Despite the fact that calculated blood loss and intraoperative blood loss were significantly different, our meta-analysis found no significant differences in the rate of transfusions between the tourniquet group and the no tourniquet group. This finding was consistent with the results of other meta-analyses. Tourniquets are not the only factor affecting blood transfusion rates. The blood transfusion standards in the included studies were not uniform and were influenced by the patient’s age, general physical conditions, and basic disease states. So, although the current findings are consistent, more high-quality studies are still needed to confirm whether tourniquets affect blood transfusion rates.

Operation time

Our study confirmed that tourniquet use was effective in reducing operative time compared with no tourniquet use. A tourniquet can provide surgeons with a bloodless surgery field and facilitate the clear identification of anatomical structures during surgery, which might be conducive to shortening the operation time. Moreover, if the operation is performed without a tourniquet, more electrocoagulation and wound irrigation may be required during the operation. These additional procedures can increase the operation time. Zhang et al. determined that a tourniquet could reduce the operation time [28], which is consistent with our findings. However, it is worth noting that their study included patients with rheumatoid arthritis and patients undergoing revision surgery. These confounders might lead to biased results, because revision surgery requires additional surgical procedures, and rheumatoid patients might need more electrocoagulation. Our study excluded patients with rheumatoid arthritis and patients undergoing revisions, so the result of this meta-analysis is more reliable.

Incidence of DVT

In this study, we found that the use of a tourniquet did not significantly increase the incidence of DVT. This finding was consistent with previous studies [29, 43, 44]. However, tourniquets are a potential risk factor for DVT. Parmet et al. found that the incidence of DVT with a tourniquet was 5.33 times higher than that with no tourniquet [45]. In addition, the incidence of DVT is affected by other factors, such as the administration of anticoagulant drugs, time until rehydration, and tourniquet pressure. In our meta-analysis, some included studies used anticoagulants [17, 19], and some did not use anticoagulants [18]. The same problem existed in other meta-analysis studies [44, 46]. These differences in inclusion criteria may lead to inconsistent results from different studies. Therefore, further high-quality studies are needed to confirm whether tourniquet use is an independent risk factor for DVT.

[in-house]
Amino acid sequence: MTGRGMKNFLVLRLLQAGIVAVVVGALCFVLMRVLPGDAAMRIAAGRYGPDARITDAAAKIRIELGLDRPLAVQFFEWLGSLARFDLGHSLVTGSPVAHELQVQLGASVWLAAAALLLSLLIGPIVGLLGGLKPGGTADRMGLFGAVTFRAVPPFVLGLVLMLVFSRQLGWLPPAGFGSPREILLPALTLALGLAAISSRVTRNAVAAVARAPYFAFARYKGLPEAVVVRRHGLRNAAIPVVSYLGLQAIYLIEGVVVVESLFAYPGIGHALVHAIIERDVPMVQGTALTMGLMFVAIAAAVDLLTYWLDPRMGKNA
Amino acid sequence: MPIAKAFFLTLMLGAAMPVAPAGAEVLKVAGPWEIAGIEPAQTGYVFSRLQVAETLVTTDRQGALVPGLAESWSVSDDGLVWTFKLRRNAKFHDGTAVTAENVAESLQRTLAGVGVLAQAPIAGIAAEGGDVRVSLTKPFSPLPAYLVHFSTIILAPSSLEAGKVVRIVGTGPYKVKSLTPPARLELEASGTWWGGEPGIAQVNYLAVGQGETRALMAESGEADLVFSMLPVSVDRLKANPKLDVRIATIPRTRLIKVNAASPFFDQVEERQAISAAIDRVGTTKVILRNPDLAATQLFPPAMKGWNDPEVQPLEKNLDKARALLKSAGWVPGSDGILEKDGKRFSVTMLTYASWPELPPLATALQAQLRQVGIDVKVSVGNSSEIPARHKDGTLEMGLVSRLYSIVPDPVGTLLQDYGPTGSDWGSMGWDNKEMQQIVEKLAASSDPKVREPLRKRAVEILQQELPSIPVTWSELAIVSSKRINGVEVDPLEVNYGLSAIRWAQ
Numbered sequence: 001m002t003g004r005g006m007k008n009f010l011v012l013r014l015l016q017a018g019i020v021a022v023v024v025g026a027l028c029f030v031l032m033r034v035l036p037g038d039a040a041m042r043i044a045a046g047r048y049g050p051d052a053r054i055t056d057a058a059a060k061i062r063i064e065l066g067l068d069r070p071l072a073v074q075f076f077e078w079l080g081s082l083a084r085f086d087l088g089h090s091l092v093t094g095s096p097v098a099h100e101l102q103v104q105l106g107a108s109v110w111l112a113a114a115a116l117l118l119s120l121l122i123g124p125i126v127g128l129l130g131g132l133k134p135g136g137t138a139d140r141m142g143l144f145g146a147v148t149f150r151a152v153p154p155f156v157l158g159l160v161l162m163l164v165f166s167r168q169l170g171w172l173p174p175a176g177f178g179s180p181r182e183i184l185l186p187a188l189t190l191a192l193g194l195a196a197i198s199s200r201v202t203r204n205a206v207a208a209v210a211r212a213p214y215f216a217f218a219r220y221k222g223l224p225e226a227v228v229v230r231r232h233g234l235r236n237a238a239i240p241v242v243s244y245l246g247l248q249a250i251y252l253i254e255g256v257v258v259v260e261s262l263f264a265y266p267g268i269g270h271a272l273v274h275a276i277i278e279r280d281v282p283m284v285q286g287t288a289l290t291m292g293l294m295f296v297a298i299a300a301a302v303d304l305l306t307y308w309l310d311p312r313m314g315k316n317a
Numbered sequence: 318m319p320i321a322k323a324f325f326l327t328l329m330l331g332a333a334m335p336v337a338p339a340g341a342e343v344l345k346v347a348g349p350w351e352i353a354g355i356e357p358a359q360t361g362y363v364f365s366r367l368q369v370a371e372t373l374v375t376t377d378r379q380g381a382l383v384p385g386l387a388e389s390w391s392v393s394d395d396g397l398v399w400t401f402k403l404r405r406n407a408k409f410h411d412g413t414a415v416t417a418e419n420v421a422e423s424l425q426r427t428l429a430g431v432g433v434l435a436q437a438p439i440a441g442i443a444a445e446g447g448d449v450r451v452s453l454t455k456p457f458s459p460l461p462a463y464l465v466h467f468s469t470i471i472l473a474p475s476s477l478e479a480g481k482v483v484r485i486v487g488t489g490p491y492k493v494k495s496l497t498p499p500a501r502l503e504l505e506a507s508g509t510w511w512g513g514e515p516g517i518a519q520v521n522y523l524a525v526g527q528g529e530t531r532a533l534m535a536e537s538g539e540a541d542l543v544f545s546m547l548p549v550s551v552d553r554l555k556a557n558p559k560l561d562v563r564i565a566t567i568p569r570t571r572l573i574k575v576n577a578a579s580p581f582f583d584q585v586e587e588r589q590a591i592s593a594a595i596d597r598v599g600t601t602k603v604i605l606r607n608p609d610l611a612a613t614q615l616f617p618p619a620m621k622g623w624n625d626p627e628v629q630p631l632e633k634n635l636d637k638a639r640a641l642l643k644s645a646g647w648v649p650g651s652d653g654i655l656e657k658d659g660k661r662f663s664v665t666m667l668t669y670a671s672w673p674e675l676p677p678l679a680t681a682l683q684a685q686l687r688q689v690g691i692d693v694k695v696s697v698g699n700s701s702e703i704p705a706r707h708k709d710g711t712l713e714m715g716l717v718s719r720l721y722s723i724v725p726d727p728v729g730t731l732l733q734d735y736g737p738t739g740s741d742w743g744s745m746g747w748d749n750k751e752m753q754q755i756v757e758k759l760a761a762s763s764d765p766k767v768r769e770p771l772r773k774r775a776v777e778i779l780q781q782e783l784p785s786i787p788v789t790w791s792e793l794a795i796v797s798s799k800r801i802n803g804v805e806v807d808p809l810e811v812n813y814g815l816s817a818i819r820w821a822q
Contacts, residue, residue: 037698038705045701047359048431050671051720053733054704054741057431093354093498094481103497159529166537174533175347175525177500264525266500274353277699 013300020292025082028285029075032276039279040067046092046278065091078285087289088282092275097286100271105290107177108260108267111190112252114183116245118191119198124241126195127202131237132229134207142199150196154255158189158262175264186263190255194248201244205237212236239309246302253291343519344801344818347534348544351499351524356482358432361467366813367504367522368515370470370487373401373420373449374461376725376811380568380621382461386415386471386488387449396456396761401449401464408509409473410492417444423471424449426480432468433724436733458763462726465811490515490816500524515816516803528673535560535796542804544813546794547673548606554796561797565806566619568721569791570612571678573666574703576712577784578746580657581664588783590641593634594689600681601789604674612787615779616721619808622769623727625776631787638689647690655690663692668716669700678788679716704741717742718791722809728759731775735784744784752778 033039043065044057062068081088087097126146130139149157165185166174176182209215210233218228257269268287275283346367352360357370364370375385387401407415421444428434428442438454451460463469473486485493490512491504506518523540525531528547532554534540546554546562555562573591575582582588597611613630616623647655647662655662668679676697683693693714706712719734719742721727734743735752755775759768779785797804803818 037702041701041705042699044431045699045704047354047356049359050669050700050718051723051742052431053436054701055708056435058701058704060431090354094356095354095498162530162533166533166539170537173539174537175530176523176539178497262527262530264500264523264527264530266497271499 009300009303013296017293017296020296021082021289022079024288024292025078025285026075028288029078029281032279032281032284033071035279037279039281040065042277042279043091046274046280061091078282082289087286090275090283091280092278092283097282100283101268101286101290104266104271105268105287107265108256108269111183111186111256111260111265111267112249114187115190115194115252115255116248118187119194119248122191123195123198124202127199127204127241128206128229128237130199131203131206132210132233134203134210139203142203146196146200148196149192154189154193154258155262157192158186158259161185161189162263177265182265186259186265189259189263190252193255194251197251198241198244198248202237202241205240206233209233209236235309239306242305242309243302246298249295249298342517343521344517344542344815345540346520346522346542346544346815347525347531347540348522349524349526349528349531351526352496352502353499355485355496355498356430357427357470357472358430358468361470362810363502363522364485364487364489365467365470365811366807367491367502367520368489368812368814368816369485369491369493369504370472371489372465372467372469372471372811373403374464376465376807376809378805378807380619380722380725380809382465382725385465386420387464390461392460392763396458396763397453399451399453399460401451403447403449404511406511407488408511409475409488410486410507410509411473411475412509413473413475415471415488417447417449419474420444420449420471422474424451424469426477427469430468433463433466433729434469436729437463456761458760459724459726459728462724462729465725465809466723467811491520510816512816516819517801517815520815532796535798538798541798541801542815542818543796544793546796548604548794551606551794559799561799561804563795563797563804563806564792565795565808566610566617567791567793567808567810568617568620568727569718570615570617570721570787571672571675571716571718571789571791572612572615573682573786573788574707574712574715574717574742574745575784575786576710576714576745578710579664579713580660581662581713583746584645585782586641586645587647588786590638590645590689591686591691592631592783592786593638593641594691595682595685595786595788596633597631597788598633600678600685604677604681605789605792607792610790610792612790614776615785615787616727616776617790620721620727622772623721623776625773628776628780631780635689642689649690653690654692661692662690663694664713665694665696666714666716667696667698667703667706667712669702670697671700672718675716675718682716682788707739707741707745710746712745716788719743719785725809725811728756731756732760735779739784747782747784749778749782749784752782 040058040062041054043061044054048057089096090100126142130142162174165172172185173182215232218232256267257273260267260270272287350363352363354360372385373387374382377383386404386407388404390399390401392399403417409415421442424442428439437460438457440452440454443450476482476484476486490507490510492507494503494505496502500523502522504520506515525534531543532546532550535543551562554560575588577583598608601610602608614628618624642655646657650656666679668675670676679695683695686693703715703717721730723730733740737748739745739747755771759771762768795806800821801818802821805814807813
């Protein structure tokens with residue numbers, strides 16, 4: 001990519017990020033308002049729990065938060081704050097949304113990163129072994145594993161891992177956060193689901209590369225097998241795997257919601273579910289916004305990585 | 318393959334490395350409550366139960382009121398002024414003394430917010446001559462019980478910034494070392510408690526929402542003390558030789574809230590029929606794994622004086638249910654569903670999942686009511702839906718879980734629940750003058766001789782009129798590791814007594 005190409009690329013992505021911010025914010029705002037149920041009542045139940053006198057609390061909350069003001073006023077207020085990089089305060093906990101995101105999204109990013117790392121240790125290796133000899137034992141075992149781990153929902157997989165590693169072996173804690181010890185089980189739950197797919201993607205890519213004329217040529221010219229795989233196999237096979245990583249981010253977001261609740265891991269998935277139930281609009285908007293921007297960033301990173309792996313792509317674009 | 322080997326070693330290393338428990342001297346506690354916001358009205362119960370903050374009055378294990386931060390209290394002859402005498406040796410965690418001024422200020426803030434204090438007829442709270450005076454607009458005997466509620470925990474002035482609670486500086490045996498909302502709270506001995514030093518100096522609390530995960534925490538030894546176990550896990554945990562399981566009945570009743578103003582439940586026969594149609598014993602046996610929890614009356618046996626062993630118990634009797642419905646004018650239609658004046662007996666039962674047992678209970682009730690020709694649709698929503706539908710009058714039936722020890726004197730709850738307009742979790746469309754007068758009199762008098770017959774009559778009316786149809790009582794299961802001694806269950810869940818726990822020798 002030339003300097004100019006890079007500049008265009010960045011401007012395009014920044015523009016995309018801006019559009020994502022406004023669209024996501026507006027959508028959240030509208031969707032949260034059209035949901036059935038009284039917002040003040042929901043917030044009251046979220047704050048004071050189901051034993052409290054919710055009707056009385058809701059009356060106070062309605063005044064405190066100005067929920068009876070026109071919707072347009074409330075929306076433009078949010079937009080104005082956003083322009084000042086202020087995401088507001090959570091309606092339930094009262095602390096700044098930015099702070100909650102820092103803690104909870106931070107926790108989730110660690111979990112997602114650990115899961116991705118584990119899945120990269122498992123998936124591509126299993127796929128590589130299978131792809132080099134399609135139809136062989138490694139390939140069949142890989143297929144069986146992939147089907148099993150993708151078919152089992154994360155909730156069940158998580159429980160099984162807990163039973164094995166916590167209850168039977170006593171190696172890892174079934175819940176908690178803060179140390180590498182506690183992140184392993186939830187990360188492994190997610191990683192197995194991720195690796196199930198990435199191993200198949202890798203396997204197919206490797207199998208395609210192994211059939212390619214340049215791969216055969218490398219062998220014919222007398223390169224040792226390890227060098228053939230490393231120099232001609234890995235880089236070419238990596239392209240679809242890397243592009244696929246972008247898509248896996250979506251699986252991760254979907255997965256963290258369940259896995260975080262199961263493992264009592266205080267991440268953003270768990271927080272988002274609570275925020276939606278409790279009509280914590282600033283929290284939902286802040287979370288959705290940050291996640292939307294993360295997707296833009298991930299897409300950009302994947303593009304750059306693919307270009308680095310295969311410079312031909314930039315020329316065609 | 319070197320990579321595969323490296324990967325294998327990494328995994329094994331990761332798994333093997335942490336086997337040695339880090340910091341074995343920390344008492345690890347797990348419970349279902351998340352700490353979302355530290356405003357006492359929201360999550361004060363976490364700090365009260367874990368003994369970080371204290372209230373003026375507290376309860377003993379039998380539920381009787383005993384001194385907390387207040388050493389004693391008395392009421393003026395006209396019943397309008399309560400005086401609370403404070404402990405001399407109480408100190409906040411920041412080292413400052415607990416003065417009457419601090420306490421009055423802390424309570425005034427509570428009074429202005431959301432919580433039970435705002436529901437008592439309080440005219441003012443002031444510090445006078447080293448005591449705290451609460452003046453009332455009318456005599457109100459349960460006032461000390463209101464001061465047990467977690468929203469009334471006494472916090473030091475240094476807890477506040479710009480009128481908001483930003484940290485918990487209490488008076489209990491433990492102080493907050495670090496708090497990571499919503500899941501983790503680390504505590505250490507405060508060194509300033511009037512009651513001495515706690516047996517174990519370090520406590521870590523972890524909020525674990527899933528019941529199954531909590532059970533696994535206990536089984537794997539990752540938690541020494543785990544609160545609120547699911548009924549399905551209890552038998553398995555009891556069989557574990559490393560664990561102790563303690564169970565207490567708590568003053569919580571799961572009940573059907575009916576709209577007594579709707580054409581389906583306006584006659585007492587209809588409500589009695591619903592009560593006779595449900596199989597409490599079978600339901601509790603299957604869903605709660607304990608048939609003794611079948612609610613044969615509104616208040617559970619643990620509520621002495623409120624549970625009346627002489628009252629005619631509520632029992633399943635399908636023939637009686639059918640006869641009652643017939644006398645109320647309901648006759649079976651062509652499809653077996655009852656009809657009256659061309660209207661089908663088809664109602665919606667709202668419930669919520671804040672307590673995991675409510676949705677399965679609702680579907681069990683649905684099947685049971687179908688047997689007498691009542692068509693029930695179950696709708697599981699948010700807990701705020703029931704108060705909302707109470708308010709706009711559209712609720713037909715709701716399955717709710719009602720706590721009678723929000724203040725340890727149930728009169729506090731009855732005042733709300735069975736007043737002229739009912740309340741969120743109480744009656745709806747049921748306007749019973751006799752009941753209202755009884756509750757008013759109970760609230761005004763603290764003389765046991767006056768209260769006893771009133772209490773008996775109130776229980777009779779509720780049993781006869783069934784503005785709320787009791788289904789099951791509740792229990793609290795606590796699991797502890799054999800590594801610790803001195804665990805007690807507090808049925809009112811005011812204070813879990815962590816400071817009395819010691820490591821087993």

Other complications

Because of insufficient data in the included literature, the current meta-analysis could not confirm whether there was a difference between using a tourniquet and not using a tourniquet in the incidence rates of some outcomes (i.e., wound hematoma, wound oozing, skin blistering, muscle injury, nerve palsy, and PE). The use of tourniquets might lead to more superficial infections of wounds [47]. However, Wakankar et al. determined that there was no difference between using tourniquets and not using tourniquets in terms of wound complications [23]. According to our study, 13 min was the longest time that was saved by the application of a tourniquet, and some RCTs found that a shorter operation time did not decrease the incidence of postoperative complications. Therefore, whether the shortening of operation time can decrease wound complications is still unclear at present [7, 29, 48]. Preoperative coexisting diseases, such as atherosclerosis, blood hypercoagulability, poor blood glucose, or uncontrolled blood pressure, were associated with the increasing incidence of postoperative complications. Tourniquets should be avoided in these patients, but we could not identify such patients from the current study. Patients with coexisting diseases in an RCT might affect the physician’s judgment on whether tourniquets cause certain complications [11]. Therefore, the current meta-analysis could not confirm whether the use of a tourniquet would increase the incidence of some surgical complications (i.e., wound hematoma, wound oozing, skin blistering, muscle injury, nerve palsy, and PE.)

Limitations

The current meta-analysis has several limitations. Firstly, in some studies, the time for loosening the tourniquet was different. Some studies [19, 22] loosened the tourniquet before closing the incision, and some [24,25,26] loosened the tourniquet after applying the elastic bandage. Secondly, some studies differed in drainage patterns, hemostasis, and anticoagulation regimens, and this might result in a bias. Thirdly, in the included studies, none of the surgeons were blinded.

Conclusions

According to the current meta-analysis, using a tourniquet may significantly decrease intraoperative blood loss, calculated blood loss, and the operation time, but tourniquet use did not significantly decrease the rate of blood transfusion or the rate of DVT in TKA. More research is needed to determine if there are fewer complications without the use of tourniquets in TKA surgery.

Availability of data and materials

Data sharing is not applicable to this article as no datasets were generated or analyzed during the current study.

Abbreviations

CI:

Confidence interval

SD:

Standard deviation

DVT:

Deep vein thrombosis

PE:

Pulmonary embolism

RCTs:

Randomized controlled trials

TKA:

Total knee arthroplasty

WMD:

Weighted mean difference

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DFC participated in the entire procedure, including the literature search, data extraction, statistical analysis, and drafting of the manuscript. QHF and PS participated in the literature search, data extraction, and statistical analyses. HHZ and SH contributed to the statistical analysis, revision of the manuscript, and preparation of the figures and tables. All authors read and approved the final manuscript.

Correspondence to D. F. Cai.

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Cai, D.F., Fan, Q.H., Zhong, H.H. et al. The effects of tourniquet use on blood loss in primary total knee arthroplasty for patients with osteoarthritis: a meta-analysis. J Orthop Surg Res 14, 348 (2019) doi:10.1186/s13018-019-1422-4

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Keywords

  • Total knee arthroplasty
  • Tourniquet
  • Blood loss
  • Complications